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We're meeting tour guides this summer in our series The Nickel Tour. Today, NPR's Debbie Elliott takes us to Memphis, Tennessee where a man has made a career out of his love for cars and American music.


DEBBIE ELLIOTT, BYLINE: This nickel tour begins at a Memphis landmark, the fountain in the grand lobby of the Peabody hotel.


ELLIOTT: It's famous for its ducks and Southern elegance. But it's also considered the starting point of the Mississippi Delta, a region steeped in the blues - a fitting start for my tour.

TAD PIERSON: My name is Tad Pierson. I have a tour company called American Dream Safari. I have got an old '55 Cadillac and I give tours around Memphis. So I say let's go get in the car and go cruise.


ELLIOTT: Not just any '55 Cadillac. It's a pink Cadi.


ELLIOTT: This is an authentic ride, fading leather bench seats, and no A/C. So we head out, windows down on a thick, steamy August morning. Before we've made it a block the scent of wood-smoked BBQ wafts into the front seat.

PIERSON: Man, you know I love the smell of Memphis and I love the Sound of Memphis.


RUFUS THOMAS: (Singing) Whew, shucks...

ELLIOTT: Blues, soul, funk, gospel, and rock and roll all have roots here, but one name is by far the biggest draw.

PIERSON: But speaking of Elvis...

ELLIOTT: His Cadillac might be pink but don't expect Pierson to take you to Graceland. His American Dream Safari starts at Lauderdale Courts, the former housing project where Elvis lived as a young teen.

PIERSON: We'll stop in and get the key. I'll show you Elvis' apartment.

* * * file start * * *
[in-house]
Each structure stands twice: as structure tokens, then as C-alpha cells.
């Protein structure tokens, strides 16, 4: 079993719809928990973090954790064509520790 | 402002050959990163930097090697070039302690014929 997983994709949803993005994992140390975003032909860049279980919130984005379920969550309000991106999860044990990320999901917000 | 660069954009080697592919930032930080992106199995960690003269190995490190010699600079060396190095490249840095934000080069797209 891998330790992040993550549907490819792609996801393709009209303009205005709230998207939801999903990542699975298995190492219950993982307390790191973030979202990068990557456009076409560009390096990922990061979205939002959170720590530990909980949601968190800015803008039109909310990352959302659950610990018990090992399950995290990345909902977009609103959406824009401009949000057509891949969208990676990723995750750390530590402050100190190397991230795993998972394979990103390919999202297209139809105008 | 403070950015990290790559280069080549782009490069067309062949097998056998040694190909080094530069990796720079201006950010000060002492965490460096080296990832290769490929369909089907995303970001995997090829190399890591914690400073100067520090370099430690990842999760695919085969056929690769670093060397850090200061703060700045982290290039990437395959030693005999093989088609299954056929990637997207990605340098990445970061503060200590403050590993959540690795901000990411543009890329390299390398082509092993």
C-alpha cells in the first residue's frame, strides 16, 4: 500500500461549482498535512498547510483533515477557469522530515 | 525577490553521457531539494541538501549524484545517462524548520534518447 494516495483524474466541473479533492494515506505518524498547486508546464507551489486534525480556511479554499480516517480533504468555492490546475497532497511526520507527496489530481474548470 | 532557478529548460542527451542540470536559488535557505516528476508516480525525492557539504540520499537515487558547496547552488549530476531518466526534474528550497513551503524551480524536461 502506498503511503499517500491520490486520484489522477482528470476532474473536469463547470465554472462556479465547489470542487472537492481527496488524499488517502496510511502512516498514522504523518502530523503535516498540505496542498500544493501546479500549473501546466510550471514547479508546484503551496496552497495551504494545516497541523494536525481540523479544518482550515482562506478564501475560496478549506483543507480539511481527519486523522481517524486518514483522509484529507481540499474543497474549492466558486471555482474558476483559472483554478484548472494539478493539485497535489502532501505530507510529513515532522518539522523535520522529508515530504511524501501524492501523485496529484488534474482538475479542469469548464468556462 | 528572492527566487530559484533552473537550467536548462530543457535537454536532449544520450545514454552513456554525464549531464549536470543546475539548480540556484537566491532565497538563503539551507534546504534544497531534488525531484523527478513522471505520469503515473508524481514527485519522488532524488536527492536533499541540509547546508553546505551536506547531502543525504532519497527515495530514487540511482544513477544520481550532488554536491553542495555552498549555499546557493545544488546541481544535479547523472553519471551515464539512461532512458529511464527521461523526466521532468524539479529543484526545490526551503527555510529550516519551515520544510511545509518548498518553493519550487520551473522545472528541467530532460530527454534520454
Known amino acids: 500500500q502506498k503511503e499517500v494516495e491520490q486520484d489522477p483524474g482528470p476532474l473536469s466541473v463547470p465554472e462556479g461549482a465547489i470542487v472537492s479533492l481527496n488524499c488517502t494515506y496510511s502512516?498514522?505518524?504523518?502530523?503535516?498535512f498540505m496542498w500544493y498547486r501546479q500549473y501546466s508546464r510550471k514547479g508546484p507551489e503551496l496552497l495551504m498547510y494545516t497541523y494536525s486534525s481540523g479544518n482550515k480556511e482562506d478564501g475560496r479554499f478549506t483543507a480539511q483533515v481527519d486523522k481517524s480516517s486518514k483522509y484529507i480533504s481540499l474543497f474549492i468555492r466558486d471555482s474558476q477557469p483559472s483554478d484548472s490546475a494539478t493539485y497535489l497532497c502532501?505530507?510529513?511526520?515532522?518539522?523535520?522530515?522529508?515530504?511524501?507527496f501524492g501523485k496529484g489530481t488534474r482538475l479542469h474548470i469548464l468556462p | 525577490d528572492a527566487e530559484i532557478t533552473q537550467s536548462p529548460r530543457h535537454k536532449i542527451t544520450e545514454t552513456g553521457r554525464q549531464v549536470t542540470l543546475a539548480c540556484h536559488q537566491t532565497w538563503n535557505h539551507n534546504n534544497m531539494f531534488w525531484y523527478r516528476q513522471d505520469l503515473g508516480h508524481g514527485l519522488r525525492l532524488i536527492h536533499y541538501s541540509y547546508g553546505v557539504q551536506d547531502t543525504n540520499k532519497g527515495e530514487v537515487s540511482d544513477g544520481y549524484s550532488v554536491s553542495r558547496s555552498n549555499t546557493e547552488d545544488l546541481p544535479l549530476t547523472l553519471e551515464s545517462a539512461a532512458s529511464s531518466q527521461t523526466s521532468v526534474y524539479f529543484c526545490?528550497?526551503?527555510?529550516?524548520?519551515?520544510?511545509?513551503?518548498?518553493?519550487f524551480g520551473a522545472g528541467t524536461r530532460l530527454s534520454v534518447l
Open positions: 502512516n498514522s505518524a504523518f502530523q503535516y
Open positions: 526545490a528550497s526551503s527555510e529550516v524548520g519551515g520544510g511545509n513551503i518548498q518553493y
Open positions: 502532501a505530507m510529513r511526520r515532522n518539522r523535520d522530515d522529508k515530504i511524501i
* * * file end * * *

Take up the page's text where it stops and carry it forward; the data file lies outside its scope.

ELLIOTT: From here we head to the Southside, home to legendary Stax Records and some Memphis originals.


PIERSON: This neighborhood: Booker T. Jones, Memphis Slim, Aretha Franklin, Al Green records here.

ELLIOTT: We pass the church where Aretha Franklin's dad was a preacher and the boarded up clapboard house where she was born. A few blocks away, tucked into a residential neighborhood, is an old movie house that is Royal Studios.

PIERSON: But this recording studio here on the left is an obscure one. Willie Mitchell was a record producer here in town and he met Al Green in the late '60s, on tour down in Texas, and said: Al, you write some songs and come to my studio and we'll record some records.


AL GREEN: (Singing) I, I'm so in love with you. Whatever you want to do...

ELLIOTT: Pierson cues a musical soundtrack as we cruise through town. We stop in front of Stax Records. The old-school funk of Rufus Thomas, as he points out neighborhood blues clubs where you can cue up the Memphis Sound on the juke box. It's what he calls anthro-tourism.

PIERSON: What I have to deal with in my business is what I call cultural collateral. And I rely on real things in real culture to inspire my customers.

ELLIOTT: But he's seen some of it fading in the 18 years he's been giving tours of Memphis and the Mississippi Delta.

PIERSON: There's fewer and fewer real-deal places to go and hear the real stuff.

ELLIOTT: But he keeps cranking the pink Cadillac for travelers seeking the real-deal.

PIERSON: If I were just a tour guide in a tour bus and: Ladies and gentlemen, on the right - I would be out of this business in a heartbeat.

ELLIOTT: Debbie Elliott, NPR News.


THOMAS: (Singing) Hey, Everybody, Mr. Rufus is in town. Came here to take care of business, ain't going to mess around...

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